A PLANT common in our gardens. It grows to two feet in height, and the stalks are robust, square, and hairy. The leaves are oblong, broad, pointed at the end, and dentated about the edges, and they stand two at a joint; the flowers are small and white, but they have large rough tops, which remain after they are fallen. They stand in circular clusters round the stalk at the upper joints; the whole plant is of a fragrant smell. The root creeps and spreads abundantly, the plant is in flower in July.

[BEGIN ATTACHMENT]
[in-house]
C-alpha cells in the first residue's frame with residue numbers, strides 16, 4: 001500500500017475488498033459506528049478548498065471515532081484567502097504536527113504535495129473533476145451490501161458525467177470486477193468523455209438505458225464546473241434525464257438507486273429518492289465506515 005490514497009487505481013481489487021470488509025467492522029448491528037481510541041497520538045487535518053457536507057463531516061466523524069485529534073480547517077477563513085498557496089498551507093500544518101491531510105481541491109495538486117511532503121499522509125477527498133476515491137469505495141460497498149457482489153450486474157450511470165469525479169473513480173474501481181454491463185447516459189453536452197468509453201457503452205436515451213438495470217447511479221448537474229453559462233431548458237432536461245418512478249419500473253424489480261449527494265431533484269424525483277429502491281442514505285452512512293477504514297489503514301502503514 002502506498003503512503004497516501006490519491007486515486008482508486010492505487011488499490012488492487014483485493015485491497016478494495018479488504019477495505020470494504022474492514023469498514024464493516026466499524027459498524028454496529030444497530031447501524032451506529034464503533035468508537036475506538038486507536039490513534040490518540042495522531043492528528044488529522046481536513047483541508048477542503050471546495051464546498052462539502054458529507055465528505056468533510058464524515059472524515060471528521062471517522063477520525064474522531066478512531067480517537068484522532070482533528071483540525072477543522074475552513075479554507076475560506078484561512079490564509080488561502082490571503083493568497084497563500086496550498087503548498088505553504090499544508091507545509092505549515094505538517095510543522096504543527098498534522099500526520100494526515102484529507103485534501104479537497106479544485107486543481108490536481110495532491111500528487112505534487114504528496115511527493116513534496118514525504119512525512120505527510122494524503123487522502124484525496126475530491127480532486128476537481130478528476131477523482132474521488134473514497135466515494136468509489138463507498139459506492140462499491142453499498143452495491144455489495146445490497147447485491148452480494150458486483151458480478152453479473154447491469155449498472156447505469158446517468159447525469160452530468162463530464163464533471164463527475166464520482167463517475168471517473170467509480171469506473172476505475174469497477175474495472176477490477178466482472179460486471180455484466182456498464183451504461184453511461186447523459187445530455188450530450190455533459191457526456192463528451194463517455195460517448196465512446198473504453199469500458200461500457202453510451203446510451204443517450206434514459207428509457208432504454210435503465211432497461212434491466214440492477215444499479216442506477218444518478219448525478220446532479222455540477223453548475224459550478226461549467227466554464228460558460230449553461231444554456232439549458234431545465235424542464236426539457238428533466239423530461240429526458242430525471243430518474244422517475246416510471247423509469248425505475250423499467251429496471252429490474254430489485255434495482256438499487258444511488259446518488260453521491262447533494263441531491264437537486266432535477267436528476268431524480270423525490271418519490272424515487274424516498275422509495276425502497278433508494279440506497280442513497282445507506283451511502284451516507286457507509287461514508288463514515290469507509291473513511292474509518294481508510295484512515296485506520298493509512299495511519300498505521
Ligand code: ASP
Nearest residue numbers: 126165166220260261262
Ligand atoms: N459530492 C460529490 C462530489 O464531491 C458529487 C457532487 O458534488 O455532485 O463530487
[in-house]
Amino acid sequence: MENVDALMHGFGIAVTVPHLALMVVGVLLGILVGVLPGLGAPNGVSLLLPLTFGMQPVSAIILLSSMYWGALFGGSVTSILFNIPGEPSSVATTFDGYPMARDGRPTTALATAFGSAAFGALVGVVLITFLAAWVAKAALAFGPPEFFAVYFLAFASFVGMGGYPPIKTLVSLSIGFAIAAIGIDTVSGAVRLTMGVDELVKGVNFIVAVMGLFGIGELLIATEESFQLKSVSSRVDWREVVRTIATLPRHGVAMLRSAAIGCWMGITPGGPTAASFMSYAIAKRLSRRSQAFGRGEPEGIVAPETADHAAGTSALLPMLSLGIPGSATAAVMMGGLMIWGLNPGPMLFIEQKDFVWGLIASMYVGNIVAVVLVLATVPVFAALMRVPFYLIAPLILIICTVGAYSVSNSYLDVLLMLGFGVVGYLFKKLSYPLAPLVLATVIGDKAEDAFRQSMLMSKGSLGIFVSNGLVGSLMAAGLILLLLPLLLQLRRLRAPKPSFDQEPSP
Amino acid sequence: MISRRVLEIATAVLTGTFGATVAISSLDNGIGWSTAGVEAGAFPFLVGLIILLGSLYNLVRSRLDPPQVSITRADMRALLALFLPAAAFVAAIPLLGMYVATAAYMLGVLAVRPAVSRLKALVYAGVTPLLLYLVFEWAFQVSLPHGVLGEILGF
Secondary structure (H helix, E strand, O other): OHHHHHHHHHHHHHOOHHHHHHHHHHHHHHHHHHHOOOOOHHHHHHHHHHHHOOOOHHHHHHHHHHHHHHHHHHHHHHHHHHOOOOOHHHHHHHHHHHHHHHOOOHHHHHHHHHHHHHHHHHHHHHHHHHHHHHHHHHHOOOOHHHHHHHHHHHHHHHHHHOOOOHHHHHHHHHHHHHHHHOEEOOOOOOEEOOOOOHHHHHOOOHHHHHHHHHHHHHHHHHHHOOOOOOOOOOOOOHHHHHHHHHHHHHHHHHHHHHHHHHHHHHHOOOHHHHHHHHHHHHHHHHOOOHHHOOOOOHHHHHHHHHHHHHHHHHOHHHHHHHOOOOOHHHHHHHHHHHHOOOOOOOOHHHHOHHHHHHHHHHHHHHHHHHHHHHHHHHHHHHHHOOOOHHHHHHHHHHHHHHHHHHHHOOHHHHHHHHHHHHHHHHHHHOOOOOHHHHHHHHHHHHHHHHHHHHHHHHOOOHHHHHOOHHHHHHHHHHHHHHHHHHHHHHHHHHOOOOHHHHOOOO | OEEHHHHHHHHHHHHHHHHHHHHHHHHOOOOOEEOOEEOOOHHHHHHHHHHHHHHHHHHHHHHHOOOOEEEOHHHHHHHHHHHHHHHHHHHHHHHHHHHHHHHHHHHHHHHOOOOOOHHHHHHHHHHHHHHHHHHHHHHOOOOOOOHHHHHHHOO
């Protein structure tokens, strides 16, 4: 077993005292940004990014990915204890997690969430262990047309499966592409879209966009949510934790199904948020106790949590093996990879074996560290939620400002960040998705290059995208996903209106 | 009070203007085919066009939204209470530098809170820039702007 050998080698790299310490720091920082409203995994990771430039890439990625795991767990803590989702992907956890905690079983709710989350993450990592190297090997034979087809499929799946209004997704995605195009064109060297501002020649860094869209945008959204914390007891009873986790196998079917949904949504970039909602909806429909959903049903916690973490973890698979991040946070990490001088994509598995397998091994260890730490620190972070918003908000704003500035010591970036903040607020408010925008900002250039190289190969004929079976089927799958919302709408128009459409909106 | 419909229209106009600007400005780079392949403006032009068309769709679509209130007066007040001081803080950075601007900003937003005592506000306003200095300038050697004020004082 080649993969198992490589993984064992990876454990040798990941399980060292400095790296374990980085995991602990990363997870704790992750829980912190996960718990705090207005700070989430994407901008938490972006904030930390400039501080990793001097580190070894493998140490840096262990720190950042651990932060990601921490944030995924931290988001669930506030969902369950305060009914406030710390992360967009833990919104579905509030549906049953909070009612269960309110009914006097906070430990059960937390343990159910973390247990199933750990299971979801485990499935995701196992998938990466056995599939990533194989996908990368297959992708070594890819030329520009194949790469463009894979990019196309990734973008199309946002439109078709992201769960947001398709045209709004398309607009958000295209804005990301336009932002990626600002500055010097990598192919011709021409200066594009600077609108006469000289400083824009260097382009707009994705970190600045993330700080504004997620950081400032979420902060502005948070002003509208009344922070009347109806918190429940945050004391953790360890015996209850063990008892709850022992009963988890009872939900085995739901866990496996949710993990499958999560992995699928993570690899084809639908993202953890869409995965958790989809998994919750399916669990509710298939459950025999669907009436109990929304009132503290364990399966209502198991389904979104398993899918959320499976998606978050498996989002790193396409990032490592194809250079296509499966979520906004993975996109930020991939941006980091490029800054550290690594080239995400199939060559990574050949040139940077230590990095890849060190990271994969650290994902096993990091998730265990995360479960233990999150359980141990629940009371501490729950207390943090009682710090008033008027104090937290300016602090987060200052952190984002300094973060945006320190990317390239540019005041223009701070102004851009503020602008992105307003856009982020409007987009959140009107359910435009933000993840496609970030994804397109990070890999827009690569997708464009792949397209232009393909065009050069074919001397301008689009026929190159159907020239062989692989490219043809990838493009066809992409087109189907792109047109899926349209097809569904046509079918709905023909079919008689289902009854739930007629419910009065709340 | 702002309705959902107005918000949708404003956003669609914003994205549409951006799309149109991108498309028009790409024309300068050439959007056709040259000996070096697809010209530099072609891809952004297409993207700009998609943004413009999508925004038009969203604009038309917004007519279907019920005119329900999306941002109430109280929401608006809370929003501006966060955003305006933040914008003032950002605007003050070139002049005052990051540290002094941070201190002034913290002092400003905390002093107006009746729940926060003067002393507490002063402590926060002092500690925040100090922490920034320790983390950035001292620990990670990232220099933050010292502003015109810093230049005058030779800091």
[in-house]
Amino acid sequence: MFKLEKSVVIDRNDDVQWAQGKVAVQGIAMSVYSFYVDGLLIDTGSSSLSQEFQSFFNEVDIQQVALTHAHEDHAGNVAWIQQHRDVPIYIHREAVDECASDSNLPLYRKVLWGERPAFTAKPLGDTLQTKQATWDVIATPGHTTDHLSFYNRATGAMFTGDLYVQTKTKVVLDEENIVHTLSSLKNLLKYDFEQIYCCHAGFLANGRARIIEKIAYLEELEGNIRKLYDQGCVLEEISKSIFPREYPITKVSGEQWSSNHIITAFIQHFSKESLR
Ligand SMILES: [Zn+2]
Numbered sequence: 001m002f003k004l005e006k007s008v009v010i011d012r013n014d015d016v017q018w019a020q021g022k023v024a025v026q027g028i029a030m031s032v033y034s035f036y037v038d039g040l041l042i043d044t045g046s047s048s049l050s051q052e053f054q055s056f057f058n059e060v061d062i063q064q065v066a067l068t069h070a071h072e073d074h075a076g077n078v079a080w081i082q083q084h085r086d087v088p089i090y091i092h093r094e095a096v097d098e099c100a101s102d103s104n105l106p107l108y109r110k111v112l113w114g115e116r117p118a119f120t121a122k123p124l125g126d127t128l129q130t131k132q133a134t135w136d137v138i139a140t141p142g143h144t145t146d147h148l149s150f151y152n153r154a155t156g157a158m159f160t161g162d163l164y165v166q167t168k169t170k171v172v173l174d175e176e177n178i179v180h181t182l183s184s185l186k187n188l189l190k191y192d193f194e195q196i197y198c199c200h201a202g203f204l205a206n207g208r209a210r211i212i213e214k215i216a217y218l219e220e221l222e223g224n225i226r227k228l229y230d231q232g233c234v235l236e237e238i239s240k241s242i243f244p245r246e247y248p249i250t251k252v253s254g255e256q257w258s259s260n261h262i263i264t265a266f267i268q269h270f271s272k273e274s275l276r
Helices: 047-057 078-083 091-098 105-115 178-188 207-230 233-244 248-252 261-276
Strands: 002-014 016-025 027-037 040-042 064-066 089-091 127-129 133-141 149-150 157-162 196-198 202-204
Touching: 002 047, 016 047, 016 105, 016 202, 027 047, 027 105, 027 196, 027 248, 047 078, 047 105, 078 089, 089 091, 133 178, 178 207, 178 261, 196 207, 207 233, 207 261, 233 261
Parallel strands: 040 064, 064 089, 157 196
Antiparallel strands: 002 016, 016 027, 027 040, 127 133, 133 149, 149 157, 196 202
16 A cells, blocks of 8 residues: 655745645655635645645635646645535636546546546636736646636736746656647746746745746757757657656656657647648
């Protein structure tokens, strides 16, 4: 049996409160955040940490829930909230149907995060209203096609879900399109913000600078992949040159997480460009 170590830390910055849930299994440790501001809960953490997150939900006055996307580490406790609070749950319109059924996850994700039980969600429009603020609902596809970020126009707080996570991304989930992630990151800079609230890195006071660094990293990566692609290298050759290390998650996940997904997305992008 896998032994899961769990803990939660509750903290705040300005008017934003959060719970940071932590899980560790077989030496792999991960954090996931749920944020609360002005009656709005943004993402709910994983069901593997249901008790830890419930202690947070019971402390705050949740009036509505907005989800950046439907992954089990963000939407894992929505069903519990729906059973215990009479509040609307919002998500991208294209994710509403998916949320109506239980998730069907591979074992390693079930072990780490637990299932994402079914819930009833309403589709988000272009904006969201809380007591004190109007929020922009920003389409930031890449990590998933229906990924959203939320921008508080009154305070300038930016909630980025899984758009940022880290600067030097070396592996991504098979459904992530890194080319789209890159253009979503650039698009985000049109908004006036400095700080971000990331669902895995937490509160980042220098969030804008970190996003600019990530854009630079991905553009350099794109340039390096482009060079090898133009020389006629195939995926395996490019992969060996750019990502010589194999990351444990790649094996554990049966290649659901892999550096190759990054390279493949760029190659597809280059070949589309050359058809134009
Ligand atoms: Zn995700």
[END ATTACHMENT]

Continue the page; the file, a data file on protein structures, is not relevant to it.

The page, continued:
Fresh balm is much better than dry, for it loses its fragrancy in drying. The best way of taking it is in tea; it is good for disorders of the head and stomach.
The Family Herbal, 1812, was written by John Hill.